# looking for data structure advice

Conor McBride c.t.mcbride at durham.ac.uk
Wed Dec 24 13:27:34 EST 2003

```Hi

Sorry to take so long: I've spent a week watching paint dry, so I can
confirm that this is more interesting.

Jon Cast wrote:
>
> Conor McBride <c.t.mcbride at durham.ac.uk> wrote:
> <snip>
>
> > I've always been a little bothered by the MonadPlus class: zero and
> > plus are associated (no pun intended) in my mind with monoidal
> > structure.  Is there more to MonadPlus than a clumsy workaround for
> > the lack of quantified constraints?
>
> Yes.  For every functor m with a MonadPlus instance, m () has /two/
> monoids, (mzero, mplus) and (return (), (>>)).  MonadPlus is thus no
> more a workaround than the category Field; MonadPlus is simply a way to
> specify that a functor has two monoid-like structures, one more exact
> than the other, together with the expectation that the two monoids are
> related in a manner similar to the relationship of the two
> (more-or-less-) groups that make up a field.

That's a fair point. As these fieldy things are two monoids plus
distributive laws, they deserve special recognition. Do they have a name
(semirings, or something?).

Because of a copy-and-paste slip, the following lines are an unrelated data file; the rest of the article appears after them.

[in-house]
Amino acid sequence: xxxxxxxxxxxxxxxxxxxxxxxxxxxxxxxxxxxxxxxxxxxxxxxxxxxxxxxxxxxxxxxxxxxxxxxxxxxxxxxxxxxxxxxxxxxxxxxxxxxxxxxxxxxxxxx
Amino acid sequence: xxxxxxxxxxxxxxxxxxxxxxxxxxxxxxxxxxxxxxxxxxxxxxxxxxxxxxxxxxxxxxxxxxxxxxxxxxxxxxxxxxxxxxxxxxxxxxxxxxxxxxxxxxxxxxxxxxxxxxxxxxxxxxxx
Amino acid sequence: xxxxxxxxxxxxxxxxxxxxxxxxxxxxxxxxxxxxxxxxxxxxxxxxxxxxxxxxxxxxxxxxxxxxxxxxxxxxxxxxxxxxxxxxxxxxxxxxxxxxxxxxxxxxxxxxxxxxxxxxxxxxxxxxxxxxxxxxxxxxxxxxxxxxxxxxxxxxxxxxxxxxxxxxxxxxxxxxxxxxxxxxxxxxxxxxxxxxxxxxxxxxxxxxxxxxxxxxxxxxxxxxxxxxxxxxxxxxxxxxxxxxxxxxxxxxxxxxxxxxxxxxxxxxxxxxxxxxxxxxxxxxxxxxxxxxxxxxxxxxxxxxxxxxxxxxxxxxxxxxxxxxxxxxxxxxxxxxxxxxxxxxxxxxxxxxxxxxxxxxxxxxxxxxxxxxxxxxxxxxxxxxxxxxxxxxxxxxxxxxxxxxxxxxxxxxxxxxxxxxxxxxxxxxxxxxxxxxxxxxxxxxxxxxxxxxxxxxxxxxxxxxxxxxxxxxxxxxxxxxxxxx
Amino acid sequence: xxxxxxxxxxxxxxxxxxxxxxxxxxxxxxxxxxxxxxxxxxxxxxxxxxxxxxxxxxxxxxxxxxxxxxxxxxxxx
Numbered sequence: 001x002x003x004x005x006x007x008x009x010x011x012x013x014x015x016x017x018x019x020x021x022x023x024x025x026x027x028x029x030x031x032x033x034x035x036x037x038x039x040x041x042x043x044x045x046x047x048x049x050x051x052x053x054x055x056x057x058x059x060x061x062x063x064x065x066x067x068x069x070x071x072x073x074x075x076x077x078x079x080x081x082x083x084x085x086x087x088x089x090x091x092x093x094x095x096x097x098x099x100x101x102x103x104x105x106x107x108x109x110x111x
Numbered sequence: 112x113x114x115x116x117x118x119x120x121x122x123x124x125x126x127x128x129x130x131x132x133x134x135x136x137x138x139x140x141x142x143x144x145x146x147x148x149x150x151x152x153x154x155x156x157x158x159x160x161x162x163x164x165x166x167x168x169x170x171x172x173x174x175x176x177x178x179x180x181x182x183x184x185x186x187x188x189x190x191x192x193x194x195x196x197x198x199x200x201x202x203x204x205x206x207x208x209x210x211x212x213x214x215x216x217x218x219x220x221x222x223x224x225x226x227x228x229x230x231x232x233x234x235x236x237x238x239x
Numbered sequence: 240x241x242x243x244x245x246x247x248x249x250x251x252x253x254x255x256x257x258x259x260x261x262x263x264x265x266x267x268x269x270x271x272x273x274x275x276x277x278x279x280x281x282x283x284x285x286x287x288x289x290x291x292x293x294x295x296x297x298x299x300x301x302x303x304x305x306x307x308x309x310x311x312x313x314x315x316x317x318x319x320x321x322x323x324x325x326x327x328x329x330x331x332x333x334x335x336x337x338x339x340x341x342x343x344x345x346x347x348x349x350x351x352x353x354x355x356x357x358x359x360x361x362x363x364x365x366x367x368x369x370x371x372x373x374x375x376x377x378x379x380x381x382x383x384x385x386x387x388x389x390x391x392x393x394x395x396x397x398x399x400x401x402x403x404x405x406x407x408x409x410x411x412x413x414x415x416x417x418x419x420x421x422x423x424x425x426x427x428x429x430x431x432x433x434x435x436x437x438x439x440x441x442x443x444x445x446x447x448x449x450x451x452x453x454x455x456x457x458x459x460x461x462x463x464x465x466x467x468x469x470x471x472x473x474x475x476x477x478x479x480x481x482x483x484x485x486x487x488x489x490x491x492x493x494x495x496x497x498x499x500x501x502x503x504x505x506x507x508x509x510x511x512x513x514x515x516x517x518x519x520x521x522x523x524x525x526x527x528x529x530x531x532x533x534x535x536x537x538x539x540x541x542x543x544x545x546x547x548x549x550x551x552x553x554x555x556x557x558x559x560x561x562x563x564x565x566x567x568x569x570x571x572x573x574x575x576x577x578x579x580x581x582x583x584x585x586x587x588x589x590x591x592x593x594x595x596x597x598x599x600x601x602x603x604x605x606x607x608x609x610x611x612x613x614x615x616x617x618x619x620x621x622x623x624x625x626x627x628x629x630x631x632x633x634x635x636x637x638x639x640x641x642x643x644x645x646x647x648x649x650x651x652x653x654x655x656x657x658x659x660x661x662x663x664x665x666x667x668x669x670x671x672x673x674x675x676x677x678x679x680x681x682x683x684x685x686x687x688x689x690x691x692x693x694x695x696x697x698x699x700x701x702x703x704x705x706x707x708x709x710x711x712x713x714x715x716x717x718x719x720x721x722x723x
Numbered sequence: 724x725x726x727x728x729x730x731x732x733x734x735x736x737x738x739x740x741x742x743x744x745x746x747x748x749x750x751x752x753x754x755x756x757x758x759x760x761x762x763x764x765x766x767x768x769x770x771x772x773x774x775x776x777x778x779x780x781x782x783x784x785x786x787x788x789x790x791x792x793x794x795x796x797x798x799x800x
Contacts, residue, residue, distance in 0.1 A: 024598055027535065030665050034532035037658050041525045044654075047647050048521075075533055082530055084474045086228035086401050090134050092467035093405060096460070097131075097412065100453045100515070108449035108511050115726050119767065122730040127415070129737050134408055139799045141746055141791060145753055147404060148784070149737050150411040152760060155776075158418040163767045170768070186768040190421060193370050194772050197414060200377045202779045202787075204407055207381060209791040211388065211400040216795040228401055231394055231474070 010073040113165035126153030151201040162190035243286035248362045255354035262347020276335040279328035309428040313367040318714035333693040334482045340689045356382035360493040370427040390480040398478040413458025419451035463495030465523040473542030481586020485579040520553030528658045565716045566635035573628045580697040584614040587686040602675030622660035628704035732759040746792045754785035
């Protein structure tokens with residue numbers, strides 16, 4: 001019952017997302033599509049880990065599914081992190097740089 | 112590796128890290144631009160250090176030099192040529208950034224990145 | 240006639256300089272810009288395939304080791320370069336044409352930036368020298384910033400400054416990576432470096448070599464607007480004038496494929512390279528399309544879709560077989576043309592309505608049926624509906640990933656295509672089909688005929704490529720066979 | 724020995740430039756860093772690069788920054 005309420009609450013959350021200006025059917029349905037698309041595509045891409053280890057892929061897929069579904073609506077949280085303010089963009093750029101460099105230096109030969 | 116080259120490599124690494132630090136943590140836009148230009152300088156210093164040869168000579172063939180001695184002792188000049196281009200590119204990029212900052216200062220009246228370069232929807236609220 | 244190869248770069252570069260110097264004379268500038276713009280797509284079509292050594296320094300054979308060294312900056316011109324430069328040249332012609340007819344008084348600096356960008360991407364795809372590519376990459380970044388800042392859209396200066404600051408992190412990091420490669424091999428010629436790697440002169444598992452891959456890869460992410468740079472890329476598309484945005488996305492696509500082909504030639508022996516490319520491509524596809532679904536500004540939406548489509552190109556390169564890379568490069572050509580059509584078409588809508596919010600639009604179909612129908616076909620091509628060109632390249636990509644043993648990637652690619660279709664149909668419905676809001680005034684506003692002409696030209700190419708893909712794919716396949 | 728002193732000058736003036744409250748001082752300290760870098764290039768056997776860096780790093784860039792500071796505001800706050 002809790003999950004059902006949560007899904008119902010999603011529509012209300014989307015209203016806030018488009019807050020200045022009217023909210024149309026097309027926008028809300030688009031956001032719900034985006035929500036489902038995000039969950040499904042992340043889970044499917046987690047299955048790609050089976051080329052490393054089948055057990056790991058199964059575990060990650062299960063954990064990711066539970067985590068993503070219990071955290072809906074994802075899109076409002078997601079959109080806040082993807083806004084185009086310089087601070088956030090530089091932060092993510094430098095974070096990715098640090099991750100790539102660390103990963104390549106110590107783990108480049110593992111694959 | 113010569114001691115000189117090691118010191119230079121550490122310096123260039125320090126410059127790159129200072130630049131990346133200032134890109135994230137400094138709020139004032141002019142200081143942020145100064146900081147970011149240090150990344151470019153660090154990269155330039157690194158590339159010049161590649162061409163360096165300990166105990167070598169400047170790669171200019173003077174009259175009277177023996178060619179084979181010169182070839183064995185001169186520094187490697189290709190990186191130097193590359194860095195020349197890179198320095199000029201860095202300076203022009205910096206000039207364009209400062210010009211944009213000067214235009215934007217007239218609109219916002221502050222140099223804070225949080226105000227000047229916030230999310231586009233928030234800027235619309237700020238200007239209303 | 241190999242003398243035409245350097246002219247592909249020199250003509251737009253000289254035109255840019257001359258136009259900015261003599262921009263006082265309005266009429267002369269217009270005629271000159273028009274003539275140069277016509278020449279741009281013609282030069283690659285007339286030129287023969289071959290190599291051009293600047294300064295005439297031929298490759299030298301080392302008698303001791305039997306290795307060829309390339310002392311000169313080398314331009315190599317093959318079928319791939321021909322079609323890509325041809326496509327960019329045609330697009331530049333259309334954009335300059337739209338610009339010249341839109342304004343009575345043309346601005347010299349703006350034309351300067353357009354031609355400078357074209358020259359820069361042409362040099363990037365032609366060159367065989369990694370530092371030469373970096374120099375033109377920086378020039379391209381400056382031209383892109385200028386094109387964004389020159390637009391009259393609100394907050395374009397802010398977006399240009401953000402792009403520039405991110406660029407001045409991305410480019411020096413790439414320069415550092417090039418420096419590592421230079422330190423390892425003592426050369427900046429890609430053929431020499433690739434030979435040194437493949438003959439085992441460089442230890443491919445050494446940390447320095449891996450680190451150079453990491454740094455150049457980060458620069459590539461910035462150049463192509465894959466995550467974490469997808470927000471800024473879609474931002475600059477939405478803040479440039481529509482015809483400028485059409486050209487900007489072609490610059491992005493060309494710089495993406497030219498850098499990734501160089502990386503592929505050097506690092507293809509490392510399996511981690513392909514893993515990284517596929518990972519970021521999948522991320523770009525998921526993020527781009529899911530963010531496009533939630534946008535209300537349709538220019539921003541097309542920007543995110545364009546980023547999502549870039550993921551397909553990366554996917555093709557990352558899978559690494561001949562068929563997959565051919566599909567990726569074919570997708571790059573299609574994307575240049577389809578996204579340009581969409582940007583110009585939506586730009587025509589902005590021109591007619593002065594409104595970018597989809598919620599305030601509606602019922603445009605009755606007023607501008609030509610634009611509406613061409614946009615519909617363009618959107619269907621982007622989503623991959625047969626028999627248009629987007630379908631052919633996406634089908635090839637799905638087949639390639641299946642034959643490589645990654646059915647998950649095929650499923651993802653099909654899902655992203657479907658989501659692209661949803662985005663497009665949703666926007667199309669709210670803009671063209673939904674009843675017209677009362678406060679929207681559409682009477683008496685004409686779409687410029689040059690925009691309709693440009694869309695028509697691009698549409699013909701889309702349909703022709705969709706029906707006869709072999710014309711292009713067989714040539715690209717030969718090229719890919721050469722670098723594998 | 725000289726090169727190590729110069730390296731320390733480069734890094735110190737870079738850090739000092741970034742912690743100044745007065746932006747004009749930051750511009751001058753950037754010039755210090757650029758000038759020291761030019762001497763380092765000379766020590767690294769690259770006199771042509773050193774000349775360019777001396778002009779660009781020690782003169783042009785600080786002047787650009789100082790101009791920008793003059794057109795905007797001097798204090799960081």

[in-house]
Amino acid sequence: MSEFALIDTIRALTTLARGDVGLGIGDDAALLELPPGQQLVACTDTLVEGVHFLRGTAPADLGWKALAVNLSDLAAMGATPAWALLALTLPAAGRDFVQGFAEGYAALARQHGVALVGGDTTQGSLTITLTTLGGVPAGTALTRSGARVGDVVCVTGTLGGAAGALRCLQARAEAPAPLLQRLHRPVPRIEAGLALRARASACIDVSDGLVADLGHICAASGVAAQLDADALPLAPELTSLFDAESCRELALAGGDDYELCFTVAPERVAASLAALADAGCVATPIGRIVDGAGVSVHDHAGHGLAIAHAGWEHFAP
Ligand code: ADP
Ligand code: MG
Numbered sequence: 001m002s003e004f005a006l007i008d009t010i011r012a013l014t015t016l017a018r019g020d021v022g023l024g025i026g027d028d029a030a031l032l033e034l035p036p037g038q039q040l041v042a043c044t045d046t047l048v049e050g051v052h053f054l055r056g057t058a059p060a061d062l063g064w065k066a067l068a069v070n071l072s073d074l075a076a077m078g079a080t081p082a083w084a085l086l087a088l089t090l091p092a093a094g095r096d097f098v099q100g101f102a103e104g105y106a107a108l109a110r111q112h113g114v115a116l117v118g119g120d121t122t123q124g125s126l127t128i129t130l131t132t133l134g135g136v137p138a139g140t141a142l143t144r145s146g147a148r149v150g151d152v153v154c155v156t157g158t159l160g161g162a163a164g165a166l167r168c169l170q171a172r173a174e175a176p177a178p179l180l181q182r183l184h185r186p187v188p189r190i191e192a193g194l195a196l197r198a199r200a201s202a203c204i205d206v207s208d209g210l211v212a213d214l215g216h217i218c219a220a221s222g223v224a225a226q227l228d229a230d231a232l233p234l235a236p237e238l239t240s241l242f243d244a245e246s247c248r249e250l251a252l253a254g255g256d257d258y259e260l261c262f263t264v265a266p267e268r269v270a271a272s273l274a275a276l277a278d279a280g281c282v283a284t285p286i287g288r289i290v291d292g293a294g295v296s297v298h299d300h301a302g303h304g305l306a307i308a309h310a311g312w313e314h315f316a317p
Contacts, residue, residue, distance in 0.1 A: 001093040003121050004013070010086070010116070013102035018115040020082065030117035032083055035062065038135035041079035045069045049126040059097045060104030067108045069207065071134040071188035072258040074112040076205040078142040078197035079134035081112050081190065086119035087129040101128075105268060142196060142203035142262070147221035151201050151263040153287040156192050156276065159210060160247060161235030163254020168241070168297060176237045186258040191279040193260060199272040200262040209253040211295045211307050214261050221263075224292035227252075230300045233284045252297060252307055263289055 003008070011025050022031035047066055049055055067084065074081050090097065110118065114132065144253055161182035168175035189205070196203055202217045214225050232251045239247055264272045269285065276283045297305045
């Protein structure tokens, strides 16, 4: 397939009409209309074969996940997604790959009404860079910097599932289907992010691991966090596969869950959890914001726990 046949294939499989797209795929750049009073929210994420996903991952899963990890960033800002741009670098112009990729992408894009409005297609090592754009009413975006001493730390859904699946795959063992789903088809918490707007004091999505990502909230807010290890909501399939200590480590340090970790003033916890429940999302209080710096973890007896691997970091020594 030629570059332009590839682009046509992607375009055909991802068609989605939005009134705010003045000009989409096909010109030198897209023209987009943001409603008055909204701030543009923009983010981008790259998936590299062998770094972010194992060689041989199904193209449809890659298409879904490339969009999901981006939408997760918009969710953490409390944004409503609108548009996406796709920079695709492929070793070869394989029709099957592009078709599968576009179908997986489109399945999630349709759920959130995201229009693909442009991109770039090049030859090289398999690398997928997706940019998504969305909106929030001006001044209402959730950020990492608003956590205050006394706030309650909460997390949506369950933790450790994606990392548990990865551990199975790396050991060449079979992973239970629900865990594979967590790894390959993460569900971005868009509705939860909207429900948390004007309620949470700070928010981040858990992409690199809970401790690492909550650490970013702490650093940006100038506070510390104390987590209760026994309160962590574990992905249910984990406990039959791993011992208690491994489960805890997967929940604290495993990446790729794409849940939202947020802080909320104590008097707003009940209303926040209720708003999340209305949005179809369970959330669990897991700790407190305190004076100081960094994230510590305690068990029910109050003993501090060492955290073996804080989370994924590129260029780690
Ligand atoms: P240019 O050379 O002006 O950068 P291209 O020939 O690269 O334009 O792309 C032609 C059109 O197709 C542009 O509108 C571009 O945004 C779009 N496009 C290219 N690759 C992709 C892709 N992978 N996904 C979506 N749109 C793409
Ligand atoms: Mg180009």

Generally speaking, (return (), (>>)) seems to be just one instance of
the fact that if m is a monad and x is a monoid wrt (zero, plus), say,
then (m x) is also a monoid wrt (return zero, liftM2 plus). It's the
ability to push application under m (with appropriate laws) which
makes this possible: monads are just one structure which allows this
to happen.

A non-monadic example: [IO Int] has

{zero = [], plus = (++),
one = return (return 0), times = liftM2 (liftM2 (+))}

with distributive laws etc, but ([] . IO) is not monadic.

> > If we could have quantified constraints, e.g.
> >
> >   (Monad m, forall x. Monoid (m x))
> >
> > wouldn't that be better than having Monad-specific monoids?
>
> No.  Consider the monad Writer (IO ()).  The Writer monad wants a Monoid
> instance, and the most natural such instance is often (return (), (>>)).
> OTOH, this monad is always wrong in the cases where, currently, you
> would use mplus.  So you can't just replace MonadPlus with Monoid; you
> need to be more specific about your choice of monoid than can be
> accounted for by a single class.
>
> <snip>

This is basically an unfortunate consequence of some design choices in
the class system, rather than a good thing per se. Pragmatically, it's
really annoying, at least to me, that I can't classify both of these
monoid structures as monoids, in order to use monoid-generic operators
(e.g. flattening) on either. I can't help thinking that newtype offers
a better workaround than making the monoidal aspect of MonadPlus not a
Monoid. But I would prefer to have some way to be more specific about
choice of monoid (indeed of instance, generally) in some localized way.

Merry Christmas

Conor
```